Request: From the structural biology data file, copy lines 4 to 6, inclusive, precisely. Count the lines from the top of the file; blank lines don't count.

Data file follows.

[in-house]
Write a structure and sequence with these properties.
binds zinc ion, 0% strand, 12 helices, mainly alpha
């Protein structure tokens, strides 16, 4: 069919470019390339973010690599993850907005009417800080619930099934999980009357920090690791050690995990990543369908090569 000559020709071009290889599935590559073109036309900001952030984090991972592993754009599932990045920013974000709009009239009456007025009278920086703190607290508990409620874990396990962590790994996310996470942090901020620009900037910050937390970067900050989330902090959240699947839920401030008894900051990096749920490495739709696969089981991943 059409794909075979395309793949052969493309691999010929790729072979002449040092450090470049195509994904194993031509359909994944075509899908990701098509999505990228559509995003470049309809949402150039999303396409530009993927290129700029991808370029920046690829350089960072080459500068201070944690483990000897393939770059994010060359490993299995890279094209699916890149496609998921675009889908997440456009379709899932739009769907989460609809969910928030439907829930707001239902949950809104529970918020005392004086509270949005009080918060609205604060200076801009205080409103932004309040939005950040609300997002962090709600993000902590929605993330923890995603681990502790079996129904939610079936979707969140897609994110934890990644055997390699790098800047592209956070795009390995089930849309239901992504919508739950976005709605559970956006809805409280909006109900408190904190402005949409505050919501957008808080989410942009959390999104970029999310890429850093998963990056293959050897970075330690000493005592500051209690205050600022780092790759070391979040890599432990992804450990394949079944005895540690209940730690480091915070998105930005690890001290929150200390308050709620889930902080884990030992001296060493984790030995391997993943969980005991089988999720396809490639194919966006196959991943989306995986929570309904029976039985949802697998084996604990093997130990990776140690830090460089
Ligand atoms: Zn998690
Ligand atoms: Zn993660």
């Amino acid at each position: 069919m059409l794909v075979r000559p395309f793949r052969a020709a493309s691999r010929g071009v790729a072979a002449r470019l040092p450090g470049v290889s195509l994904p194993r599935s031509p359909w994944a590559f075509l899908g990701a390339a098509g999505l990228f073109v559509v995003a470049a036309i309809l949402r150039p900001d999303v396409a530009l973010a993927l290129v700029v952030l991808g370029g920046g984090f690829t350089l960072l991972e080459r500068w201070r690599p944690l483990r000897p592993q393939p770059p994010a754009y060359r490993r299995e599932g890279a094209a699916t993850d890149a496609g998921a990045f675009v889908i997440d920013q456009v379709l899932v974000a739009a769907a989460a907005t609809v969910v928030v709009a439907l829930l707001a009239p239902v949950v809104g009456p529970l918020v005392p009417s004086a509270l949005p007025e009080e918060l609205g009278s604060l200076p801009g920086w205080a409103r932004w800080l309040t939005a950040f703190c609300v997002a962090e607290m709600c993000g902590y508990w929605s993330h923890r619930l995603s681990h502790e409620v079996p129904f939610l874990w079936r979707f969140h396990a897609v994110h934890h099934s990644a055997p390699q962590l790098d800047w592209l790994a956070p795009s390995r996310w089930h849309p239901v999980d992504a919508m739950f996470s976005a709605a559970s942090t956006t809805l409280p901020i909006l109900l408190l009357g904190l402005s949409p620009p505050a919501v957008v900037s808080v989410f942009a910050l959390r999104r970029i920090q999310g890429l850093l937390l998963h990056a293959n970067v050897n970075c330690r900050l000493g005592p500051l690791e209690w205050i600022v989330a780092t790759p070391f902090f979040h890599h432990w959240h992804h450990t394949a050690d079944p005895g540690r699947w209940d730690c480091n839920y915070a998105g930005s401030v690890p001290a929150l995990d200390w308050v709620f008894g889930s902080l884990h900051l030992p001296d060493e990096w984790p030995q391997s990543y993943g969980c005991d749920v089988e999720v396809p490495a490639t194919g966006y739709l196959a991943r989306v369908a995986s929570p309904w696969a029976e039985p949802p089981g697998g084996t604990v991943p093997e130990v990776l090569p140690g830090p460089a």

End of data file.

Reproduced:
């Protein structure tokens, strides 16, 4: 069919470019390339973010690599993850907005009417800080619930099934999980009357920090690791050690995990990543369908090569 000559020709071009290889599935590559073109036309900001952030984090991972592993754009599932990045920013974000709009009239009456007025009278920086703190607290508990409620874990396990962590790994996310996470942090901020620009900037910050937390970067900050989330902090959240699947839920401030008894900051990096749920490495739709696969089981991943 059409794909075979395309793949052969493309691999010929790729072979002449040092450090470049195509994904194993031509359909994944075509899908990701098509999505990228559509995003470049309809949402150039999303396409530009993927290129700029991808370029920046690829350089960072080459500068201070944690483990000897393939770059994010060359490993299995890279094209699916890149496609998921675009889908997440456009379709899932739009769907989460609809969910928030439907829930707001239902949950809104529970918020005392004086509270949005009080918060609205604060200076801009205080409103932004309040939005950040609300997002962090709600993000902590929605993330923890995603681990502790079996129904939610079936979707969140897609994110934890990644055997390699790098800047592209956070795009390995089930849309239901992504919508739950976005709605559970956006809805409280909006109900408190904190402005949409505050919501957008808080989410942009959390999104970029999310890429850093998963990056293959050897970075330690000493005592500051209690205050600022780092790759070391979040890599432990992804450990394949079944005895540690209940730690480091915070998105930005690890001290929150200390308050709620889930902080884990030992001296060493984790030995391997993943969980005991089988999720396809490639194919966006196959991943989306995986929570309904029976039985949802697998084996604990093997130990990776140690830090460089
Ligand atoms: Zn998690
Ligand atoms: Zn993660």